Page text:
Facebook’s “special announcement” of a new VR meeting app was curiously timed. It arrived on the same day that the Federal Trade Commission made a fresh attempt to force the company to sell Instagram and WhatsApp.
The FTC filed an antitrust complaint on Thursday that alleges Facebook used an illegal buy-or-bury scheme to maintain its market dominance.
The US competition regulator argues that Facebook repeatedly failed to develop meaningful innovations on its mobile app. Instead, it acquired competitors, including Instagram and WhatsApp, with features that had succeeded where Facebook’s own attempts had failed.
The FTC further alleges that Facebook lured app developers to the platform and buried them when they became competitive threats.
The agency called on the federal court to unwind the acquisitions of Facebook and Instagram.
A second attempt
The complaint is the FTC’s second antitrust salvo against Facebook. In June, a federal court dismissed a lawsuit from the regulator alleging that Facebook has engaged in monopolistic practices. The court argued that the FTC had failed to prove its central claim.
The amended complaint includes new data that the FTC says supports its contention. It argues that Facebook’s antitrust conduct is ongoing:
Facebook’s continued ownership and operation of Instagram and WhatsApp both neutralizes their direct competitive threats, and creates and maintains a ‘moat’ that protects Facebook from entry into personal social networking by another firm via mobile photo-sharing and mobile messaging.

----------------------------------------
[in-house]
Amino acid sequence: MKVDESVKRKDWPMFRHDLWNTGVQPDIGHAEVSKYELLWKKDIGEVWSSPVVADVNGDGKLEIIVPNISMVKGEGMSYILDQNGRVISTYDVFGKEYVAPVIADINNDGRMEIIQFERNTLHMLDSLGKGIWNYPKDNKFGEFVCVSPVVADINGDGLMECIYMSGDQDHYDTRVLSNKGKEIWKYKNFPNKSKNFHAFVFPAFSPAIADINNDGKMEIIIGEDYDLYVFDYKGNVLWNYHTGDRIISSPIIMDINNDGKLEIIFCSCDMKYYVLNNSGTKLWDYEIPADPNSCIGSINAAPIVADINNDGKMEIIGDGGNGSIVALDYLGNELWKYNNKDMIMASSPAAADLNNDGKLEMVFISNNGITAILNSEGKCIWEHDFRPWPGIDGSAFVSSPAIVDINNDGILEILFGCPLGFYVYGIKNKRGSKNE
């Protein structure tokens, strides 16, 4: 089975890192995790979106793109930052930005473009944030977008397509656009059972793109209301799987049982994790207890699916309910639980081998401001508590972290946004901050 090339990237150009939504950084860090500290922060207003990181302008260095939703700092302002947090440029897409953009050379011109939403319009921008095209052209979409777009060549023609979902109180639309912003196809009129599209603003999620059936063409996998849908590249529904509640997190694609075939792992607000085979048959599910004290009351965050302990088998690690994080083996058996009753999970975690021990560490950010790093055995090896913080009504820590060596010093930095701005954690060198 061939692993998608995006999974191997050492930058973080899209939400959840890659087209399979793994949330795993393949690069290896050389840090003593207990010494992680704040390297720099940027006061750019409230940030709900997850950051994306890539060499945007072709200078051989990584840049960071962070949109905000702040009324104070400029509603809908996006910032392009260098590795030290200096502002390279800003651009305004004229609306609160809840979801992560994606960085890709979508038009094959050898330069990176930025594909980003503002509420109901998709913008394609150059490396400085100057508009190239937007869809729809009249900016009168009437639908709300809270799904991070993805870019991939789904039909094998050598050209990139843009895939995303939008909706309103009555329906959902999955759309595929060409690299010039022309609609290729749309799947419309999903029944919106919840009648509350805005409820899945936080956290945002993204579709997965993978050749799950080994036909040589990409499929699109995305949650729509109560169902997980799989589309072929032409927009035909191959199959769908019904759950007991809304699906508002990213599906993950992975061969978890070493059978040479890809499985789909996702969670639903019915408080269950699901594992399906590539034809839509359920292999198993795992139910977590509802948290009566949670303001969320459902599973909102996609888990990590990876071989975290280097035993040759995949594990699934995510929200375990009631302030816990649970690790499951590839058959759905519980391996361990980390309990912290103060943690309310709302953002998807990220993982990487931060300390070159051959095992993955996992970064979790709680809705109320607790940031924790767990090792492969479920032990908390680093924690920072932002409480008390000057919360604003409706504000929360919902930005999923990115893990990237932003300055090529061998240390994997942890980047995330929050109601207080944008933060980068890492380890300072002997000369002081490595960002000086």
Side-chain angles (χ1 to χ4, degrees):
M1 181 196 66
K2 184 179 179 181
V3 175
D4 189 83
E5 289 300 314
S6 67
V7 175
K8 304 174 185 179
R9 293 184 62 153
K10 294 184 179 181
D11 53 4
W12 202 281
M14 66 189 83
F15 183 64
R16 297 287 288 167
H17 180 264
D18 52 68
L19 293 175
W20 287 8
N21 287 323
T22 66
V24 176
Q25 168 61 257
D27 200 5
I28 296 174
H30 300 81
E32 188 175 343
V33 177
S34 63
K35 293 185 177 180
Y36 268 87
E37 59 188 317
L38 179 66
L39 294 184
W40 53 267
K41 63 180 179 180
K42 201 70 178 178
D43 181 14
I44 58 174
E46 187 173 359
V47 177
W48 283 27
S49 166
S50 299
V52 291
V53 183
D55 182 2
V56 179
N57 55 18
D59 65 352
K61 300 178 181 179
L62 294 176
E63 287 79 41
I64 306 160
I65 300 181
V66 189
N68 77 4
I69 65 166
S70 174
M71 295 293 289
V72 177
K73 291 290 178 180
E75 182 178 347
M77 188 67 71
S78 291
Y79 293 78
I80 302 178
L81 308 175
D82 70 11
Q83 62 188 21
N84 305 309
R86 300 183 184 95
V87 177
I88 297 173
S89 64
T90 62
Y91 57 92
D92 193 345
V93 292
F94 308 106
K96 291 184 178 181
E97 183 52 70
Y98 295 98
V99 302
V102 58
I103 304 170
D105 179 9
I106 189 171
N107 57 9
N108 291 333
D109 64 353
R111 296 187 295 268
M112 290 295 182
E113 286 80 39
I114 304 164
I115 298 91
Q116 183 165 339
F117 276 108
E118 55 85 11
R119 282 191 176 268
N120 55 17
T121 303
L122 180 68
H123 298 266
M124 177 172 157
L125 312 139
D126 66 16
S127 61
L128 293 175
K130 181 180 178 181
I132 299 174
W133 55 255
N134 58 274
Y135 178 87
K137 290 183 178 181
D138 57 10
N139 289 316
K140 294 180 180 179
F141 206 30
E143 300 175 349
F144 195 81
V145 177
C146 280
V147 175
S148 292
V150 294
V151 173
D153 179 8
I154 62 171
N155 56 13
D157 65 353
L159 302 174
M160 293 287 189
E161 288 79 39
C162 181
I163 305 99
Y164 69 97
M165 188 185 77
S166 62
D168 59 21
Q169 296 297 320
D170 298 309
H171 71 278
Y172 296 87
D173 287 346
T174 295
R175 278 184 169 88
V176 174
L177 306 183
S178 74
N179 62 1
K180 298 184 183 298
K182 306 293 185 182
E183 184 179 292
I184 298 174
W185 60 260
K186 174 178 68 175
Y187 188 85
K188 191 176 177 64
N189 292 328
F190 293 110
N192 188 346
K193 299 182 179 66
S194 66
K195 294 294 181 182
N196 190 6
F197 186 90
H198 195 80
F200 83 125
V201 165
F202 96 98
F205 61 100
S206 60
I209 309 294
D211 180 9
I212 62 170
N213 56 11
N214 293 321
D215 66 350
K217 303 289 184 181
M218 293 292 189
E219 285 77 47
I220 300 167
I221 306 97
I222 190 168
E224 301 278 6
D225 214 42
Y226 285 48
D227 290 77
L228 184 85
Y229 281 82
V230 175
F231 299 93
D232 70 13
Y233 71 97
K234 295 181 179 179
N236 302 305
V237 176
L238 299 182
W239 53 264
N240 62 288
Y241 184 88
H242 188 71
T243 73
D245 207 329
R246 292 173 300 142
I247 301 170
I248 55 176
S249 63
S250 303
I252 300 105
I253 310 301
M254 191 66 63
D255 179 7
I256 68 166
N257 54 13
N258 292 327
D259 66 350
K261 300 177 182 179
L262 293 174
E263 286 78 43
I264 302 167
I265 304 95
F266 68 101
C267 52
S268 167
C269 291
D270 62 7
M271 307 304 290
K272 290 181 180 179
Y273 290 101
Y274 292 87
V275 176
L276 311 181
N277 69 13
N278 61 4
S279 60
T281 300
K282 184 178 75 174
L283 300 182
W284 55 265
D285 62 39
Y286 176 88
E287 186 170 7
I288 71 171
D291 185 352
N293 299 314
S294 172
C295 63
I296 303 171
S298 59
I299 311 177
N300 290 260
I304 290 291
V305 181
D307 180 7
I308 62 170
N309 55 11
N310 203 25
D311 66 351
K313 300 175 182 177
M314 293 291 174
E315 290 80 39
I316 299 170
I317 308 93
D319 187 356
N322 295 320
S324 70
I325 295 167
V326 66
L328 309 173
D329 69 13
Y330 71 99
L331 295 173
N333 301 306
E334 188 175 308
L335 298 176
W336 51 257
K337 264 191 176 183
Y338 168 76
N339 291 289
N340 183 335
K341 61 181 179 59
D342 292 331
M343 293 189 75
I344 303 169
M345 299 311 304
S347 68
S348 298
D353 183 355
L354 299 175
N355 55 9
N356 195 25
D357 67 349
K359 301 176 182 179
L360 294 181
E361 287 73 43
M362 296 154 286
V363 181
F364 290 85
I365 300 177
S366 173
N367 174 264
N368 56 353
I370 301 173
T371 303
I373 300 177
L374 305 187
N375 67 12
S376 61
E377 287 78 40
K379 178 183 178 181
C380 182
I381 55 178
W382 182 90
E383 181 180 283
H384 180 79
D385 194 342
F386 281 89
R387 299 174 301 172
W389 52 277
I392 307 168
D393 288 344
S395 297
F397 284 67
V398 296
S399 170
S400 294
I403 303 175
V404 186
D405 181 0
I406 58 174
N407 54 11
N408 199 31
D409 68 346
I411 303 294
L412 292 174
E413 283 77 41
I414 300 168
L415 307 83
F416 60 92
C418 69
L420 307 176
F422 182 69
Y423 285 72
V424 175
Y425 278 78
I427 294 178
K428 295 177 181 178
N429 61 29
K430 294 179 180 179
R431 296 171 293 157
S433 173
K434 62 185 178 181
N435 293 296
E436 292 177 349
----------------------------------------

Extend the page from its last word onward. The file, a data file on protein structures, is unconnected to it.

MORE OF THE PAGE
Facebook continues to monitor the industry for competitive threats and likely would seek to acquire any companies that constitute, or could be repositioned to constitute, threats to its personal social networking monopoly.
Facebook described the lawsuit as “meritless.”
“Our acquisitions of Instagram and WhatsApp were reviewed and cleared many years ago, and our platform policies were lawful,” the company said on Twitter.
Facebook had also sought to recuse FTC Chair Lina Khan from the case due to her previous criticism of the company, but the petition was dismissed.
There was no valid claim that Facebook was a monopolist — and that has not changed. Our acquisitions of Instagram and WhatsApp were reviewed and cleared many years ago, and our platform policies were lawful.
— Facebook Newsroom (@fbnewsroom) August 19, 2021
The new filing capped a long day for Facebook. The company was criticized for letting a bomb threat suspect livestream his grievances for hours, and its first step to the metaverse was mercilessly mocked.
The FTC case may appear a more existential threat to the company, but breaking up big tech is proving hard to do.